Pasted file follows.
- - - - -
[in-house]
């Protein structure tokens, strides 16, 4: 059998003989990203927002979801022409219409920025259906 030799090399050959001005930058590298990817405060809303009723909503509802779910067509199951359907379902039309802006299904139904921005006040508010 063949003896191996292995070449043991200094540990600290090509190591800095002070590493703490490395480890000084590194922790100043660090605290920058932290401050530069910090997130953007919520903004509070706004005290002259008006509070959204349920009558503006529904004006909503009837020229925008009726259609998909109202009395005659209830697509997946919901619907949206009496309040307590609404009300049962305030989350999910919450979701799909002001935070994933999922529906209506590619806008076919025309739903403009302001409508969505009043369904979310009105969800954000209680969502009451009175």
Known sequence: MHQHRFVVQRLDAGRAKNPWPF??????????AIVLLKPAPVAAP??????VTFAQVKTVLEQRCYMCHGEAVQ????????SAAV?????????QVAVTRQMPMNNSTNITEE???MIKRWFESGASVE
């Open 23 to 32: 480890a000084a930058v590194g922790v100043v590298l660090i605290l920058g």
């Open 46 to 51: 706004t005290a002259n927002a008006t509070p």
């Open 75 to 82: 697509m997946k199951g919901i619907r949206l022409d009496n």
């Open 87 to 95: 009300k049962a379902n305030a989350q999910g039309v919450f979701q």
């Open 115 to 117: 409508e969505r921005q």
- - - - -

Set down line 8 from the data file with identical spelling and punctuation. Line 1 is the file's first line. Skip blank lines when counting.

């Open 115 to 117: 409508e969505r921005q």